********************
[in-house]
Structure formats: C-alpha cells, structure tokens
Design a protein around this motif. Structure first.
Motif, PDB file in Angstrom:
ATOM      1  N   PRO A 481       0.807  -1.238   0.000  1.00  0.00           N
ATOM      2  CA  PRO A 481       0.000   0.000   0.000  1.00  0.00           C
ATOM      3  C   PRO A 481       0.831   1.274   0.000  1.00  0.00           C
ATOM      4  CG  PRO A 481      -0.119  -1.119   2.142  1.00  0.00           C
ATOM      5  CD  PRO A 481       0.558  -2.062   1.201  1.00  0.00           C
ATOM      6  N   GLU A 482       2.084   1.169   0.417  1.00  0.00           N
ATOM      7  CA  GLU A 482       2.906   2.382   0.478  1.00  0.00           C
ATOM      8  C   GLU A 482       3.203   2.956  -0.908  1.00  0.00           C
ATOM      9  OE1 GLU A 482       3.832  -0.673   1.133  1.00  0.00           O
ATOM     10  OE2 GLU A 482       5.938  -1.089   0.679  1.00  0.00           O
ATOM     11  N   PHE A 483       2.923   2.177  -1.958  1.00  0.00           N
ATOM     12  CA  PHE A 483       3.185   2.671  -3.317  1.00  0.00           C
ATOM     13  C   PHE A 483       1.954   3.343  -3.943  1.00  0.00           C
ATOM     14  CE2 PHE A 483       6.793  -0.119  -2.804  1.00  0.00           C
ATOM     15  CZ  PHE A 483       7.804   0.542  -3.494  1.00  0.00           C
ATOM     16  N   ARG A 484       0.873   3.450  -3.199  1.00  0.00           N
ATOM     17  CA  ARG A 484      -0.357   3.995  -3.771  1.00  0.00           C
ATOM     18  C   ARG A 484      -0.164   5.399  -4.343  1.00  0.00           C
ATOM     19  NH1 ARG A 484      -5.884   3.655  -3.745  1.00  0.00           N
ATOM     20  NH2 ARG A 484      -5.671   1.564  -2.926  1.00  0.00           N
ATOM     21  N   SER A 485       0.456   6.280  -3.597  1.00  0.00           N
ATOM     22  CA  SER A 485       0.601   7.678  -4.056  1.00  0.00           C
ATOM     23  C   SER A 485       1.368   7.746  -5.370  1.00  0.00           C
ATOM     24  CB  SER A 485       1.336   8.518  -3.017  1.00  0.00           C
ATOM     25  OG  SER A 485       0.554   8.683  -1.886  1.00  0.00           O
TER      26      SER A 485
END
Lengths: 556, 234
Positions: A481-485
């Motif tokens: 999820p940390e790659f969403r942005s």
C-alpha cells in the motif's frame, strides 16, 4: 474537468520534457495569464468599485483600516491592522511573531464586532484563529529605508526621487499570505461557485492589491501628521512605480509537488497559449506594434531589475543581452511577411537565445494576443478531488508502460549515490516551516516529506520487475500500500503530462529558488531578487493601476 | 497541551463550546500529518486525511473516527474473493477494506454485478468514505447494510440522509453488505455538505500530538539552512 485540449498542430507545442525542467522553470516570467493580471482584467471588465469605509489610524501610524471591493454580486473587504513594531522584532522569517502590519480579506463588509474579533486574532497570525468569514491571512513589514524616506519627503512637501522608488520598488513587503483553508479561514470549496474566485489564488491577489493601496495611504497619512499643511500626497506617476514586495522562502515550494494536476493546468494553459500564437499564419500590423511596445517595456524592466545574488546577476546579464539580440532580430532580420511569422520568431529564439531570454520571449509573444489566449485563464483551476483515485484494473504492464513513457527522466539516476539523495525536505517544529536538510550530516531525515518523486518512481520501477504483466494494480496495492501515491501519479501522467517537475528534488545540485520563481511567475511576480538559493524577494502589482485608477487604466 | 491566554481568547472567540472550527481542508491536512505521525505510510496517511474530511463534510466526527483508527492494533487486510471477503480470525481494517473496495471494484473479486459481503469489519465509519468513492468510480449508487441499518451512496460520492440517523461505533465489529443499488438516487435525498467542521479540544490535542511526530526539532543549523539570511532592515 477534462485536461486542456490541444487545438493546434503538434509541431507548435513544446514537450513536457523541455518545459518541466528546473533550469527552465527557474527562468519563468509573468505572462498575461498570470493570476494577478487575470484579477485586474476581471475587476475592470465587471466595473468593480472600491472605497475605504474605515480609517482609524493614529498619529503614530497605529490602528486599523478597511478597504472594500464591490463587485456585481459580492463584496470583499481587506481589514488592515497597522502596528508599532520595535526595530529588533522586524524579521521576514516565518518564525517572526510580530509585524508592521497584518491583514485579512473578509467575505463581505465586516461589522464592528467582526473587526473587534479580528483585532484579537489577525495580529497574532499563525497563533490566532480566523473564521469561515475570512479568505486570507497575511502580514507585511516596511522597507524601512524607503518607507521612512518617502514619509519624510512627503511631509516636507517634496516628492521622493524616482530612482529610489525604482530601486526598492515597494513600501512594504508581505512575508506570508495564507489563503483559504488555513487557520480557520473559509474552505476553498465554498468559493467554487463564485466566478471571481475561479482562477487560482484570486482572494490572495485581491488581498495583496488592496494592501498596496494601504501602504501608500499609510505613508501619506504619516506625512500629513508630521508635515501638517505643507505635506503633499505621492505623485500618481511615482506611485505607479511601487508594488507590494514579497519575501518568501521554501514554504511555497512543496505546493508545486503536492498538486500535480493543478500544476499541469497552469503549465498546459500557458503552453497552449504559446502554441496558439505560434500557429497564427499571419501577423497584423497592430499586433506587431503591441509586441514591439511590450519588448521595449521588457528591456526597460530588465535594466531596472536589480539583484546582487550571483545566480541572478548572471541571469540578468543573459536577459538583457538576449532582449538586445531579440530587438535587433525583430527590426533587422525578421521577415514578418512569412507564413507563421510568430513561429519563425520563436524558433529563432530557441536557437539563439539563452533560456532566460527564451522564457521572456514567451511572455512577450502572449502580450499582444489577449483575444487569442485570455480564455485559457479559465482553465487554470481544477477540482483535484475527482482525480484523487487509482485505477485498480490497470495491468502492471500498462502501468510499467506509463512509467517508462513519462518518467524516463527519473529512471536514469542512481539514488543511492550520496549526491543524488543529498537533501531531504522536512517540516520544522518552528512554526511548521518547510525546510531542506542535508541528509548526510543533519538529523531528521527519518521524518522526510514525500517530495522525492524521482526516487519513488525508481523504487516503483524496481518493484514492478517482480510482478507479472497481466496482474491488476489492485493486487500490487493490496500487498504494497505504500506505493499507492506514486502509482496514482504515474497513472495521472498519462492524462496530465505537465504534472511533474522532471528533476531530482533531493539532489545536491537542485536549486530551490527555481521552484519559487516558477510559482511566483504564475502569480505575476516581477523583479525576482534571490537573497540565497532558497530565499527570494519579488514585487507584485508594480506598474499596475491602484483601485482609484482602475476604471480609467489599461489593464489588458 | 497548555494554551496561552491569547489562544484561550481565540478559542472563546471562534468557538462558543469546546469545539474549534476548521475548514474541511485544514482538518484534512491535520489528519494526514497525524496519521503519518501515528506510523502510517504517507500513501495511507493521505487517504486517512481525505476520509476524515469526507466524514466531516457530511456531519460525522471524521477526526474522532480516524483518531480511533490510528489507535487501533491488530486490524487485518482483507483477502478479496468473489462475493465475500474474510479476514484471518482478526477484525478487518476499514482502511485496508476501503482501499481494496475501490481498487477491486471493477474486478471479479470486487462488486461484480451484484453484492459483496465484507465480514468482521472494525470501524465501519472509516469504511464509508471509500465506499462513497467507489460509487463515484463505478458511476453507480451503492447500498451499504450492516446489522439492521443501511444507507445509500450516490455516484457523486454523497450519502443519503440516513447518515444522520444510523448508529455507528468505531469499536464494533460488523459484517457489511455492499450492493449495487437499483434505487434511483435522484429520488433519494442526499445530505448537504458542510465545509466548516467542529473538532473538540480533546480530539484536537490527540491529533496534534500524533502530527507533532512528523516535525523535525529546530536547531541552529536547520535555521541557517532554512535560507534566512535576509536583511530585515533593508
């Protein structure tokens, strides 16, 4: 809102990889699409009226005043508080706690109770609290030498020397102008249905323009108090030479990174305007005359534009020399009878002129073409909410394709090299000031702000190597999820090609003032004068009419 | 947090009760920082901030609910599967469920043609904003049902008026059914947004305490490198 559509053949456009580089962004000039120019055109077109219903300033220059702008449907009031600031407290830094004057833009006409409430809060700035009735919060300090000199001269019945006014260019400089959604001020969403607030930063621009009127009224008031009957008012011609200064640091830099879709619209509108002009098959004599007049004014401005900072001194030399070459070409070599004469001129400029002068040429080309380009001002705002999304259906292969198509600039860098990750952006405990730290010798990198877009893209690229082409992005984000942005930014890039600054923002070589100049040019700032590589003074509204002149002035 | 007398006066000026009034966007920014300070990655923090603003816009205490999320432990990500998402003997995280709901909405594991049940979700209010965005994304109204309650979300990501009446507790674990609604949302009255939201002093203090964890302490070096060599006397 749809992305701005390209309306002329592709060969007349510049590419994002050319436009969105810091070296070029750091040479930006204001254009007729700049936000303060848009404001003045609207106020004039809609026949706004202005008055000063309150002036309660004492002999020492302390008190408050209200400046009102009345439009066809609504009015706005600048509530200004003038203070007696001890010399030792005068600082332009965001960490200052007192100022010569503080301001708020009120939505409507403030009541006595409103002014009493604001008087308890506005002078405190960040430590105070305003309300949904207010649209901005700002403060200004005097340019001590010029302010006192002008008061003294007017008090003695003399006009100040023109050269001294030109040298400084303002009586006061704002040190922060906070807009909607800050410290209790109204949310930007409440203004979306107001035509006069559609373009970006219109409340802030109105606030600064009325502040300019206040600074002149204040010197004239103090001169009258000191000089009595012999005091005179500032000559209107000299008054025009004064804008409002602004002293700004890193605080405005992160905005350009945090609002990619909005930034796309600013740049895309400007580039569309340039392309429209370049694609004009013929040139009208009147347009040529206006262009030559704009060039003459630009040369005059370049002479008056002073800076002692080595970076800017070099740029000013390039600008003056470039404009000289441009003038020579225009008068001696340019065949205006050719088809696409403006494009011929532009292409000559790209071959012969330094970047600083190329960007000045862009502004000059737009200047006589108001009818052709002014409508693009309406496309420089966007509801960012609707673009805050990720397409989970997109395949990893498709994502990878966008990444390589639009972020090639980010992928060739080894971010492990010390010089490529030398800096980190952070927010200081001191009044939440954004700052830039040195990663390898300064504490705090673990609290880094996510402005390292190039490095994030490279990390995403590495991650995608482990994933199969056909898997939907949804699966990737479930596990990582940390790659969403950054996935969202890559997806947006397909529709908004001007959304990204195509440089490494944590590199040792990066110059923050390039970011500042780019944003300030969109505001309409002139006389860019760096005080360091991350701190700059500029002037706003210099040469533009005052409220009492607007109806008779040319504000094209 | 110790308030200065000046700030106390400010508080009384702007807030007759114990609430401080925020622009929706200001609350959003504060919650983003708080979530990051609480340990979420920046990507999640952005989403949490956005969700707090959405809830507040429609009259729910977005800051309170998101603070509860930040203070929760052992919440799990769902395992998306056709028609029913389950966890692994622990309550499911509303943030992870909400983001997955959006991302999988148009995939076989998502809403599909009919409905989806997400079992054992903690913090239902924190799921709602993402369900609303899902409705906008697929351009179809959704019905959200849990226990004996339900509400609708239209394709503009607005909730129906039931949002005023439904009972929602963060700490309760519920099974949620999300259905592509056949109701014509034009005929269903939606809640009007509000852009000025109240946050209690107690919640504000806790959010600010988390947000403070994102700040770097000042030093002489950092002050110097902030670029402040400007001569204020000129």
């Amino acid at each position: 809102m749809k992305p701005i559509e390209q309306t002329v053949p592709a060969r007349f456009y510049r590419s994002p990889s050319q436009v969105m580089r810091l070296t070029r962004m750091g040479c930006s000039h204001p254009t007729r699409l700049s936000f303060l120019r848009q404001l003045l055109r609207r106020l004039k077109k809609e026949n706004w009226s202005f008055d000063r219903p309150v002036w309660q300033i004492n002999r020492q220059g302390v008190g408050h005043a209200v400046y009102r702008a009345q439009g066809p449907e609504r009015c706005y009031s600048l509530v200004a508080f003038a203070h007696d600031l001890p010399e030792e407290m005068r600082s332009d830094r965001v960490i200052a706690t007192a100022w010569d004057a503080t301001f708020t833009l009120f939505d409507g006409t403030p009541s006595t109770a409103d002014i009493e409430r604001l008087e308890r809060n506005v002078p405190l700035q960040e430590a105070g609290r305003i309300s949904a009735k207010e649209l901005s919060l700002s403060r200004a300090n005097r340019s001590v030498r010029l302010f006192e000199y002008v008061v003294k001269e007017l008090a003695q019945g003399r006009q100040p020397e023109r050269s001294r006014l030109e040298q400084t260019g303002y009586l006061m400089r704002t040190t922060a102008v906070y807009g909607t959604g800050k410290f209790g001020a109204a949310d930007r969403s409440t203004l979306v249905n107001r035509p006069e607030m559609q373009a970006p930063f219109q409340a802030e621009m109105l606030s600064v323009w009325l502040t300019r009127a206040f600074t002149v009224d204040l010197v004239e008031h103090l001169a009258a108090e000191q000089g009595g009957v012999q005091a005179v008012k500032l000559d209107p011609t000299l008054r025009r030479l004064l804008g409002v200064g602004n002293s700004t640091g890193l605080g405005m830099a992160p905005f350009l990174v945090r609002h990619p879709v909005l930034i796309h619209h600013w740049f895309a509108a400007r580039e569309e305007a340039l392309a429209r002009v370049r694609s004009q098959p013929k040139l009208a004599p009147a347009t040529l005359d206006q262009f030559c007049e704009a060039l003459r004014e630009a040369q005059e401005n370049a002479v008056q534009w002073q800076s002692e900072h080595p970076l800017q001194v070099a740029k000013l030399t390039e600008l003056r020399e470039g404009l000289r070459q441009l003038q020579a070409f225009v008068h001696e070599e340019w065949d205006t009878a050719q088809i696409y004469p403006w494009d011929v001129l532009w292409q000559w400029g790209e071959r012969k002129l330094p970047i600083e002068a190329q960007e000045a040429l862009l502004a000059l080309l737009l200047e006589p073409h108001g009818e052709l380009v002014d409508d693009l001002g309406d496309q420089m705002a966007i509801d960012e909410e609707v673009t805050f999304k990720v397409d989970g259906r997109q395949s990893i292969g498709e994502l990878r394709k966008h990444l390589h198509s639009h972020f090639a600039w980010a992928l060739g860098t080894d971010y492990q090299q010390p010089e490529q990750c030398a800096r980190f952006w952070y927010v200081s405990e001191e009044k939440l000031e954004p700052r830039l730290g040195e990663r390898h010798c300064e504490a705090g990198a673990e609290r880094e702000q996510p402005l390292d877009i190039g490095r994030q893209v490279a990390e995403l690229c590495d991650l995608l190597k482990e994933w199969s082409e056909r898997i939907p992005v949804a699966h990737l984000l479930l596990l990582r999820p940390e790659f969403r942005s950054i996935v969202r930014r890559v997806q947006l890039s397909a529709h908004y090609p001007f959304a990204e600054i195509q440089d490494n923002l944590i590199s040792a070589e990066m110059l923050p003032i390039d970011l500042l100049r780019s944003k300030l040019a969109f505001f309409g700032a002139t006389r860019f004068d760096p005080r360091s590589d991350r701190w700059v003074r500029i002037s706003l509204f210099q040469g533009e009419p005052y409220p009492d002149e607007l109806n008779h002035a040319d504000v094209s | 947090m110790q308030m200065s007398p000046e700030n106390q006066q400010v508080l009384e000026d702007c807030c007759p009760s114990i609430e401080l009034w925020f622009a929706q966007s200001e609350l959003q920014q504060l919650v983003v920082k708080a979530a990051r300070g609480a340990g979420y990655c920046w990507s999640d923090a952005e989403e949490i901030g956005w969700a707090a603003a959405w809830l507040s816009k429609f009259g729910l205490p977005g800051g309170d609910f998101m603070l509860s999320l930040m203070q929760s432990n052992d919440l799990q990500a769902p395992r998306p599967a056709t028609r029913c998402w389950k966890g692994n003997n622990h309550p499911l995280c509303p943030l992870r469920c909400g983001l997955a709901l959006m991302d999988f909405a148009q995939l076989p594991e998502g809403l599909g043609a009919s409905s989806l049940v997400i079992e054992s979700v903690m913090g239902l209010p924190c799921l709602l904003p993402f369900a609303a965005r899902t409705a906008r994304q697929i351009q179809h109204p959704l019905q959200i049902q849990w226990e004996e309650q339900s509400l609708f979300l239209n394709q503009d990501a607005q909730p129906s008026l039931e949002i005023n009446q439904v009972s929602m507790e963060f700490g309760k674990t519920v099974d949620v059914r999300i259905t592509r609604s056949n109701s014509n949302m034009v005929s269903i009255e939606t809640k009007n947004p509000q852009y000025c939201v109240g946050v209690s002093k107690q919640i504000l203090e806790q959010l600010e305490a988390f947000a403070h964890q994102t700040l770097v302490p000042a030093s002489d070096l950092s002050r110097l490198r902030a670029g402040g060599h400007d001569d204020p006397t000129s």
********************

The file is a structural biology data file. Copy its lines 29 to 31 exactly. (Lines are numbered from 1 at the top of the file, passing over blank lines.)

ATOM     25  OG  SER A 485       0.554   8.683  -1.886  1.00  0.00           O
TER      26      SER A 485
END